Java High Availability With WildFly on Kubernetes

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Java High Availability With WildFly on Kubernetes

if you need session replication, Wildfly instances need to be clustered. To solve this, you can use the Kubernetes discovery protocol for JGroups: KUBE_PING.

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Legacy Java Applications

With the advancement of the dockerization of applications, Kubernetes has become a standard in the market, but we must remember that there are still thousands of legacy applications that depend on certain features provided by the application servers. So, if you need to use session replication, you will surely need Wildfly instances to be clustered. To solve this smoothly, you can use the “Kubernetes discovery protocol for JGroups” aka “KUBE-PING”. KUBE_PING is a discovery protocol for JGroups cluster nodes managed by Kubernetes: jgroups-kubernetes.


I assume you already have a Kubernetes cluster, so let’s just focus on WildFly settings.

The first step is to create a repository that will contain all our files:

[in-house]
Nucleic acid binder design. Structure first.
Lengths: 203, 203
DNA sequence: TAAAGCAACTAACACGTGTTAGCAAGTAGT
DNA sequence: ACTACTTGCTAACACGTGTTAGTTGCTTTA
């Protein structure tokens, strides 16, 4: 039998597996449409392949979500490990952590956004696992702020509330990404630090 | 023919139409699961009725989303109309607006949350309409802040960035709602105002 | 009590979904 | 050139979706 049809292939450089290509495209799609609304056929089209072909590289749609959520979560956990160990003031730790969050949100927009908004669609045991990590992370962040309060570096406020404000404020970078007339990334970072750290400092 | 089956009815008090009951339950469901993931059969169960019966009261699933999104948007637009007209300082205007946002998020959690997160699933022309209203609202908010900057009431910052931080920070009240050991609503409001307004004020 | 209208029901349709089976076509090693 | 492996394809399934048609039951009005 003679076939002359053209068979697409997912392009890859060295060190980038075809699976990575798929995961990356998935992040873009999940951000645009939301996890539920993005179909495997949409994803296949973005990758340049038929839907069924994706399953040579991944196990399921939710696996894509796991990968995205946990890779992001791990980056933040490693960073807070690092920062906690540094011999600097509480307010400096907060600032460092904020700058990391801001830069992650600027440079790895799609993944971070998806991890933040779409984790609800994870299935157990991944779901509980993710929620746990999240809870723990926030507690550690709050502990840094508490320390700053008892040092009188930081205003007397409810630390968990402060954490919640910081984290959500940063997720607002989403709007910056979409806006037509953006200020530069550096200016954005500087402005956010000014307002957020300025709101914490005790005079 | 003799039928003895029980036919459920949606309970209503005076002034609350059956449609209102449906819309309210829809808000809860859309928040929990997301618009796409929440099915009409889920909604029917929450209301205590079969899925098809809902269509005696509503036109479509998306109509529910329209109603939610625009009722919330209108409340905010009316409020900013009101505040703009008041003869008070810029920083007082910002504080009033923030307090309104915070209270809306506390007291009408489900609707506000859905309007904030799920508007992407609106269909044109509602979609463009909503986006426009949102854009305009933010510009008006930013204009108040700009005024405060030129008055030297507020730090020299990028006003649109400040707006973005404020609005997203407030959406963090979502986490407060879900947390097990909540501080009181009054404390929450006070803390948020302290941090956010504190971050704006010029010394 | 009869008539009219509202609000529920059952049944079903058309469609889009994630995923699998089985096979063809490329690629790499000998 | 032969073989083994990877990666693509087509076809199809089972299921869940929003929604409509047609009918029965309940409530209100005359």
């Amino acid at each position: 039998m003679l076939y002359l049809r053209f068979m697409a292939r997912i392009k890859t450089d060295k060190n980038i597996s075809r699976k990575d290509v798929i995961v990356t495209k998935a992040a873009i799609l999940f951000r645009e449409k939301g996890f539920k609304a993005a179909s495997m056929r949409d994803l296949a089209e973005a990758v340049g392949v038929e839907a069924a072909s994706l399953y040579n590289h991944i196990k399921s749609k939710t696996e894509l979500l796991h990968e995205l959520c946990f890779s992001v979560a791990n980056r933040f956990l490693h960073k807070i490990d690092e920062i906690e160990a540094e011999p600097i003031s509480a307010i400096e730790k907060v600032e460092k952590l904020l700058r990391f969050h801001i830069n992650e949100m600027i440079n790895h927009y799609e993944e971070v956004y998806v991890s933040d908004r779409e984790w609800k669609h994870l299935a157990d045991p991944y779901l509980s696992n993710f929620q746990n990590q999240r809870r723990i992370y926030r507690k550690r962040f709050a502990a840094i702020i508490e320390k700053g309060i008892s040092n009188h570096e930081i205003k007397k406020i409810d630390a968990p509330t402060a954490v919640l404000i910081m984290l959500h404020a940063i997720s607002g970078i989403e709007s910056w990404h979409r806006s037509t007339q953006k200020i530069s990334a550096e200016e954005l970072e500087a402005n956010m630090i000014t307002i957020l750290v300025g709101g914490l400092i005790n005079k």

Then create a Dockerfile with the necessary steps for image customization:


In the same directory, create the file “config-server.cli”, which will contain the steps to configure kubeping correctly:


Now put the “package of your application” to the directory “application”


The next step is to create all Kubernetes objects so we can do the tests later. I’m using the namespace “labs”:


Now just run the image build and push this to the docker hub or any other “registry”:



[root@workstation ~]# docker build -t mmagnani/wildfly20-kubeping:latest . 
[root@workstation ~]# docker push mmagnani/wildfly20-kubeping

In the context of your Kubernetes cluster, just create those objects:


Check the logs. You should find two members as we only define 2 replicas:

Plain Text

As I am using “Traefik”, my “ingress” is available:

Ingress with Traefik

In the application, it is also possible to add the object to the session:

Adding the object to the session

java, kube_ping, kubernetes, session replication, tutorial, wildfly

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